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United States v. Orsini

United States Court of Appeals, First Circuit

October 26, 2018

ANIBAL ORSINI, a/k/a Ruben Guerrero, a/k/a Jay, a/k/a Jay South, Defendant, Appellant.


          Elizabeth Latif on brief for the appellant.

          Halsey B. Frank, United States Attorney, and Julia M. Lipez, Assistant United States Attorney, on brief for appellee.

          Before Howard, Chief Judge, Selya and Thompson, Circuit Judges.


         During the sentencing phase of his criminal case, defendant-appellant Anibal Orsini repeatedly agreed that he should be sentenced as a career offender. See USSG §4B1.1. Taking the appellant at his word, the district court - after independently finding that the appellant's criminal record qualified him for career offender status - sentenced him as such to a 188-month term of immurement. On appeal, the appellant has suffered an attack of buyer's remorse: he argues for the first time that his prior criminal record does not include predicate convictions sufficient to rank him as a career offender. The government says that he has waived this argument.

         The orderly administration of justice depends upon a network of rules. The waiver rule is an important component of this network, and we agree with the government that waiver principles are apposite here. Applying those principles, we discern no reason to allow the appellant to shed the consequences of his waiver as easily as an iguana sheds its skin. Because the appellant has waived his "career offender" argument and has made no showing sufficient to excuse that waiver, we affirm the challenged sentence.

         I. BACKGROUND

         We briefly rehearse the travel of the case. The appellant was arrested and indicted in the aftermath of a major drug-trafficking investigation spearheaded by federal authorities. On March 28, 2017, he pleaded guilty to a single count of conspiracy to distribute and possess with intent to distribute 100 grams or more of heroin and detectable quantities of cocaine hydrochloride and fentanyl. See 21 U.S.C. §§ 841(a)(1), 846. The probation department prepared a presentence investigation report (PSI Report), which recommended among other things that the appellant be sentenced as a career offender. See USSG §4B1.1. The PSI Report premised this recommendation on three predicate convictions reflected in the appellant's prior criminal record: a 2002 Massachusetts drug-trafficking conviction, a 2012 New Hampshire sale-of-controlled-substance conviction, and a 2013 Massachusetts drug-distribution conviction.

         The appellant objected to the PSI Report, but his objections did not directly contest the career offender enhancement. Rather, they centered around his claim that a number of crimes attributed to him by the probation department (not including the putative predicate-offense convictions) were actually committed by another individual. Wiping away the fruits of this mistaken identity, the appellant argued, would reduce his criminal history score and, thus, reduce his criminal history category.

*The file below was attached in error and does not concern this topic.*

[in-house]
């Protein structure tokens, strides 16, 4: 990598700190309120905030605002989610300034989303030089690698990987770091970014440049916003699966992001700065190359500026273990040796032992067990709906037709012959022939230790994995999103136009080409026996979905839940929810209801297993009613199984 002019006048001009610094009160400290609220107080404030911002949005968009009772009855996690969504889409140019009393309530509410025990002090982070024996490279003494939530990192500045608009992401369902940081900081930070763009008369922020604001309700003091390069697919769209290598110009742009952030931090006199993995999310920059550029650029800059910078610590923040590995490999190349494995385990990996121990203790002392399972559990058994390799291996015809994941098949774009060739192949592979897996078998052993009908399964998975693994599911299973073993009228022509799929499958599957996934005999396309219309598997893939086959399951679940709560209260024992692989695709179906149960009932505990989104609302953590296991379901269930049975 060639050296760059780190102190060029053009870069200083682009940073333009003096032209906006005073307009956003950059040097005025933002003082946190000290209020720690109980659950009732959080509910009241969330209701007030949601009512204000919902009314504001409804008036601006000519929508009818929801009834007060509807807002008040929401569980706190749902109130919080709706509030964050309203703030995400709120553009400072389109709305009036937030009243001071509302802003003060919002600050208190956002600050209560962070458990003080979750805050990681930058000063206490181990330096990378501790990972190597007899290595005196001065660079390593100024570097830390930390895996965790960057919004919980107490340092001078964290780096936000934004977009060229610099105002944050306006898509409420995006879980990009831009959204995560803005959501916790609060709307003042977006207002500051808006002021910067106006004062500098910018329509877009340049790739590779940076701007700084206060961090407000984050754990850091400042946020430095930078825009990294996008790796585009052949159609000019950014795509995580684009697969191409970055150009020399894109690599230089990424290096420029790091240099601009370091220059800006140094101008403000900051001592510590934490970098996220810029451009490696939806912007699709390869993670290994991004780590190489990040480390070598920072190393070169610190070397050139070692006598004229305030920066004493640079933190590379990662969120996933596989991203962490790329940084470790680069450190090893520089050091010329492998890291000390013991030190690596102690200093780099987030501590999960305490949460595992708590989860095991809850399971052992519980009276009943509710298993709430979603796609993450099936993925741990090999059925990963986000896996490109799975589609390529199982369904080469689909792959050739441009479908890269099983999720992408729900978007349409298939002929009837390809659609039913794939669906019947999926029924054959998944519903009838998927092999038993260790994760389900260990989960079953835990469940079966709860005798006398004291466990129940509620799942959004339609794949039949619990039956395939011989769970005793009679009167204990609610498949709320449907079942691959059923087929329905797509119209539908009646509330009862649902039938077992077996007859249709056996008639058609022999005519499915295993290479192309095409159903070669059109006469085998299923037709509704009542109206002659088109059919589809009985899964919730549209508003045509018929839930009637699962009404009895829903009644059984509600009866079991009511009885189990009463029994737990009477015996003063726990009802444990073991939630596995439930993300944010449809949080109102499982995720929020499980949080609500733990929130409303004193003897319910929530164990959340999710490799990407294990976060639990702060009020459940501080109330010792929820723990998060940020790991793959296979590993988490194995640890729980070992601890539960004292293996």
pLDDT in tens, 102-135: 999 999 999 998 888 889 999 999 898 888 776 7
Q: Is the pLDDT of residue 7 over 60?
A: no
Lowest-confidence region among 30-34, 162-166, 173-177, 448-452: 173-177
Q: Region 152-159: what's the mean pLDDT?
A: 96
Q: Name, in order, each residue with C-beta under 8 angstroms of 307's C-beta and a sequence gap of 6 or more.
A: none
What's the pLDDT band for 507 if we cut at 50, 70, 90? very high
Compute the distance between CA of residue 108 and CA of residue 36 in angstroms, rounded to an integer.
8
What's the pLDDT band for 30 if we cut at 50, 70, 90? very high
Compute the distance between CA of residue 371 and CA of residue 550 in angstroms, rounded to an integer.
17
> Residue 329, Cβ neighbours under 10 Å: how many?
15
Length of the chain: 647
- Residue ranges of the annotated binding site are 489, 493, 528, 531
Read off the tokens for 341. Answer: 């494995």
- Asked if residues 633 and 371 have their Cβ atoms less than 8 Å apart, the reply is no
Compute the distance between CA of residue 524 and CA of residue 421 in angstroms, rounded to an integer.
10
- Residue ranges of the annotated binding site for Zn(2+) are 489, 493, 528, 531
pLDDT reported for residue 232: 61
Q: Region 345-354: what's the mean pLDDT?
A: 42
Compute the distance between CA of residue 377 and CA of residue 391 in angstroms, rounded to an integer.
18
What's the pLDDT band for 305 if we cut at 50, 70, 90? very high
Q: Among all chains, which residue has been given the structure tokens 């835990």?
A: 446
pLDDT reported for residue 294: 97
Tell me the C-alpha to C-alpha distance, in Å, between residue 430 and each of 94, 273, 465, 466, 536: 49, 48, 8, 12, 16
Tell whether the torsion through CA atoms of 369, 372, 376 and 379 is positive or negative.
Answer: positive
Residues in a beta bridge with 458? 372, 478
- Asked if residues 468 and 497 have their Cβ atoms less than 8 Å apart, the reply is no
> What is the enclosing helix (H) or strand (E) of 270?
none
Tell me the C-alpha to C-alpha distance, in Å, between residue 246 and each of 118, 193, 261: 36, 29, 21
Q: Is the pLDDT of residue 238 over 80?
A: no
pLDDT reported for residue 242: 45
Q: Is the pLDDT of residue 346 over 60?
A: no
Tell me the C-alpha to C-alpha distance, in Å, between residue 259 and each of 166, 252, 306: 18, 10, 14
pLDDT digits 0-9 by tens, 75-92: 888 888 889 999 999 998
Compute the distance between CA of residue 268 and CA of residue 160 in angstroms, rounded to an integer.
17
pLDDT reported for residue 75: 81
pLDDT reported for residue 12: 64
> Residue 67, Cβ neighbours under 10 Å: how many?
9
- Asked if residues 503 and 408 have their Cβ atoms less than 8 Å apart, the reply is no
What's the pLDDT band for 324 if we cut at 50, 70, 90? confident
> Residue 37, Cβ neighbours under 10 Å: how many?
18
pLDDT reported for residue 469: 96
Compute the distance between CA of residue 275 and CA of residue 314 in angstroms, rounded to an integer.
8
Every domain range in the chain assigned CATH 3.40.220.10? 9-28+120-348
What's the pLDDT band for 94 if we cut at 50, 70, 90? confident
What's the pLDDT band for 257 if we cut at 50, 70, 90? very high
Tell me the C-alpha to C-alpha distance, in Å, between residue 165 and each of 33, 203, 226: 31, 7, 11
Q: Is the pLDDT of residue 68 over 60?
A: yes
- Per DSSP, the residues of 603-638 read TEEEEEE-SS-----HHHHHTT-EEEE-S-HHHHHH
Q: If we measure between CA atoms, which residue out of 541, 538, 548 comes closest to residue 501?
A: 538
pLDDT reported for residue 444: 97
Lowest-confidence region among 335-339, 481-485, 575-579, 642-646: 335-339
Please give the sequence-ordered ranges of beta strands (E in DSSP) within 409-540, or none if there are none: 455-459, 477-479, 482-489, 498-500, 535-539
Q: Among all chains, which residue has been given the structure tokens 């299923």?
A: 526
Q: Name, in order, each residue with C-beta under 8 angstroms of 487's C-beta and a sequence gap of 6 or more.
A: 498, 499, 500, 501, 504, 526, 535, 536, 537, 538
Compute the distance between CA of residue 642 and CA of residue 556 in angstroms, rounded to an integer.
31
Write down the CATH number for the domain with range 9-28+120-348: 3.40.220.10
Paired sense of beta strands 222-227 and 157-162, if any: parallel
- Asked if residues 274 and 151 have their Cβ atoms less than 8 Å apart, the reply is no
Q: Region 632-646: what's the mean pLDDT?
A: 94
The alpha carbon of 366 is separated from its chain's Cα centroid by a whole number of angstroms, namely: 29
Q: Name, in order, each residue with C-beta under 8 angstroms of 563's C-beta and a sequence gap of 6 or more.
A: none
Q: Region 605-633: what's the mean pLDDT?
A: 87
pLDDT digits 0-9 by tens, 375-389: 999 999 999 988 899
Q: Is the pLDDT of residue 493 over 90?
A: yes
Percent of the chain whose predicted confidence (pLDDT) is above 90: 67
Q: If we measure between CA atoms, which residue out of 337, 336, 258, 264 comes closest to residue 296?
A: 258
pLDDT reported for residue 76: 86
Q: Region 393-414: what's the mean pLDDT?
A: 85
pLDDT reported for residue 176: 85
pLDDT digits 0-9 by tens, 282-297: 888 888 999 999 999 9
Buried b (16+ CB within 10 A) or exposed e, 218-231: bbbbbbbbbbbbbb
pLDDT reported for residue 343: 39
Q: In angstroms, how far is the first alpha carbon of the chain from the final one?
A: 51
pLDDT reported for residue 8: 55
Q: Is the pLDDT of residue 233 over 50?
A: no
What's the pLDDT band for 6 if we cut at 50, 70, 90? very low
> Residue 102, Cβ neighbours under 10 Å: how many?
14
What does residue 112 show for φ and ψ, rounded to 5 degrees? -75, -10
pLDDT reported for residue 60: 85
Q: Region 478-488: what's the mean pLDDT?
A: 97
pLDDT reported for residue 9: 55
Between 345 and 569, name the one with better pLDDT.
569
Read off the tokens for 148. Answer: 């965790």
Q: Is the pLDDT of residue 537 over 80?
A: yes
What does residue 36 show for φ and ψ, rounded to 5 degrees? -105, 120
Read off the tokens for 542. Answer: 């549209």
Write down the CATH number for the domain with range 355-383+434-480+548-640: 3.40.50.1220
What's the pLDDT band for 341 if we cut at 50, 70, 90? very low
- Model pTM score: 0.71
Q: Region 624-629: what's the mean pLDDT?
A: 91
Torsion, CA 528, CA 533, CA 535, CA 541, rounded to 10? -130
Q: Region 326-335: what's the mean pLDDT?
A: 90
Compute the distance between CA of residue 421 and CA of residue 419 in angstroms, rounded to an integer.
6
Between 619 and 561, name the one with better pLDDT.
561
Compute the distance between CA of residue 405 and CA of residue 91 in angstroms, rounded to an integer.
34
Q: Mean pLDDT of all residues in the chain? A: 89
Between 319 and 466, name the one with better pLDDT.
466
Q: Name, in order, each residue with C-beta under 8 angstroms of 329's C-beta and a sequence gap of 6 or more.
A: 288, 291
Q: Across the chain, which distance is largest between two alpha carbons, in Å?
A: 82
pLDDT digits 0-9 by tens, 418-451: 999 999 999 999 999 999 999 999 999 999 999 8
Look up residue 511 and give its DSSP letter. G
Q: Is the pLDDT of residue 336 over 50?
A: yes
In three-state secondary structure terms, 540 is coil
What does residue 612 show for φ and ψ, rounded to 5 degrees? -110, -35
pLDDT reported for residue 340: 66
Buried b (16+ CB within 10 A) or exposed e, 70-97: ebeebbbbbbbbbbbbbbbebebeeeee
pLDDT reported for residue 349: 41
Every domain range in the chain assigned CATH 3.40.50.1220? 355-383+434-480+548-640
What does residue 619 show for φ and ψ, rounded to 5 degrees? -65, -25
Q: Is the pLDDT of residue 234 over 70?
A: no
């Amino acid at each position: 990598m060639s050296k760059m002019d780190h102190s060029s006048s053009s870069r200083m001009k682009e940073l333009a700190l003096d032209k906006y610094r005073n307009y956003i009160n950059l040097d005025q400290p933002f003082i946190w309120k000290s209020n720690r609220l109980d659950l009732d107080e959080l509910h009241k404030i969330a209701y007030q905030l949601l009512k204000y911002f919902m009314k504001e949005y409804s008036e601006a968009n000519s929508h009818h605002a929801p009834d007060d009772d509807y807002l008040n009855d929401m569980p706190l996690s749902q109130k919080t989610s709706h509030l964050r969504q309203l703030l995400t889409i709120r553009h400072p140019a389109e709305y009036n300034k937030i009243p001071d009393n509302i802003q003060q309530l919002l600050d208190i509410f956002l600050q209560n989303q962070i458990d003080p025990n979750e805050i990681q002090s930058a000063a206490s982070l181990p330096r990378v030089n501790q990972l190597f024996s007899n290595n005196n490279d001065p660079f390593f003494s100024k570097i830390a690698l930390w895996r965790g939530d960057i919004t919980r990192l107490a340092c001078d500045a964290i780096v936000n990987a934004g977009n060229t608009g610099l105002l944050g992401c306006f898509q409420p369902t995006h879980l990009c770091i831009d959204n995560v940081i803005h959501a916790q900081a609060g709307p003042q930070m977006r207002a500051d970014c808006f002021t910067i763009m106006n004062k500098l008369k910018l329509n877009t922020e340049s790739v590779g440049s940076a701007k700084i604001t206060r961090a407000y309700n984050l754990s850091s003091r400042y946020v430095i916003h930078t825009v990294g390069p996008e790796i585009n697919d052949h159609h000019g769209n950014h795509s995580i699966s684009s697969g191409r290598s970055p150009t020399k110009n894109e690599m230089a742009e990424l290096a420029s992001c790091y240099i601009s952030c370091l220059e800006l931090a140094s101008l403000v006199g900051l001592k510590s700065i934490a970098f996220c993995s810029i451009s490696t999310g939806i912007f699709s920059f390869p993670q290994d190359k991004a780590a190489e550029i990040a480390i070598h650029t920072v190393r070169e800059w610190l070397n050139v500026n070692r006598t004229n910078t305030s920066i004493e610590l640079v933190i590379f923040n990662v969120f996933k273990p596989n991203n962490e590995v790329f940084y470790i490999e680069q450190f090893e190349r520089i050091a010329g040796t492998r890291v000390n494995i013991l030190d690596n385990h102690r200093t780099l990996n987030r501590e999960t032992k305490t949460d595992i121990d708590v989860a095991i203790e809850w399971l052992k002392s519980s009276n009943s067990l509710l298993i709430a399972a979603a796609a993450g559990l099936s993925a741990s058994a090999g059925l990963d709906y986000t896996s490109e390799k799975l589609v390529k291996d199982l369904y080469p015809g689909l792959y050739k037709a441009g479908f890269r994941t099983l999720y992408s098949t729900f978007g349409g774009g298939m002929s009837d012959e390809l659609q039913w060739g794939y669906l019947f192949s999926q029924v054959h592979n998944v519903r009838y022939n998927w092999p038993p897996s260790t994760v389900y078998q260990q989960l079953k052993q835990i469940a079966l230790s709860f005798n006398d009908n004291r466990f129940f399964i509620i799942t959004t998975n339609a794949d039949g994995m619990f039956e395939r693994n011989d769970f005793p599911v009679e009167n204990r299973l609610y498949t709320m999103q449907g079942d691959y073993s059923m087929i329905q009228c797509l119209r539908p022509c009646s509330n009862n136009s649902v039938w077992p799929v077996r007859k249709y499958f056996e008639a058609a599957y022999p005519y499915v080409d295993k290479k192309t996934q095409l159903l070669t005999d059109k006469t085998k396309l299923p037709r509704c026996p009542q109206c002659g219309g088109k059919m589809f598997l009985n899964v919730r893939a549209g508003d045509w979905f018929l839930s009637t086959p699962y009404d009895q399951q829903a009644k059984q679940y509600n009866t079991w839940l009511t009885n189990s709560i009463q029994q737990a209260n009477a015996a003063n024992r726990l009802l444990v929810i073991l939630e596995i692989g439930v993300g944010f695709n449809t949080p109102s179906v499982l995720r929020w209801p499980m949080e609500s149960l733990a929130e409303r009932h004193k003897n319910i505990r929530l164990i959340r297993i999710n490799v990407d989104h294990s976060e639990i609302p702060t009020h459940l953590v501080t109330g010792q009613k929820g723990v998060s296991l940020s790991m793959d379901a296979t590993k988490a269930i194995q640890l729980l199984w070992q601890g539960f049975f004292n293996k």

The probation department sustained this objection in part; it agreed that some of the reported offenses had been perpetrated by someone else and should not be attributed to the appellant. But because the appellant did not challenge any of the three specified career offender predicates, the revised PSI Report continued to recommend that the sentencing court treat him as a career offender.

         The appellant also objected to the total drug quantity and resulting base offense level, see USSG §2D1.1(c), as well as to proposed firearms and role-in-the-offense enhancements, see id. §§2D1.1(b)(1), 3B1.1(b). Notwithstanding the appellant's misgivings, the probation department declined to consent to any further changes to the PSI Report.

         The district court held a conference on August 10, 2017, to "find out what is in dispute before the [sentencing] hearing." The court began by questioning the relevance of the appellant's remaining identity-based objections, pointing out that those objections, even if sustained, would not alter the appellant's criminal history category (which would, in any event, be a function of his career offender status).[1] Defense counsel took no issue with this statement. When the court later repeated that the identity-based objections would "not affect [the appellant's] criminal history category in light of the career offender provisions," counsel acknowledged that the court was "correct."

         The court proceeded to address the drug-quantity issue and the proposed enhancements. It noted, however, that even using a drug-quantity figure satisfactory to the appellant, his career offender status would yield a significant guideline sentencing range (188-235 months). For that reason, the court suggested that the parties eschew any further wrangling over either drug quantity or enhancements and simply stipulate to the 188-235 month range. The parties accepted the court's suggestion and, as a result, the government abandoned its pursuit ...

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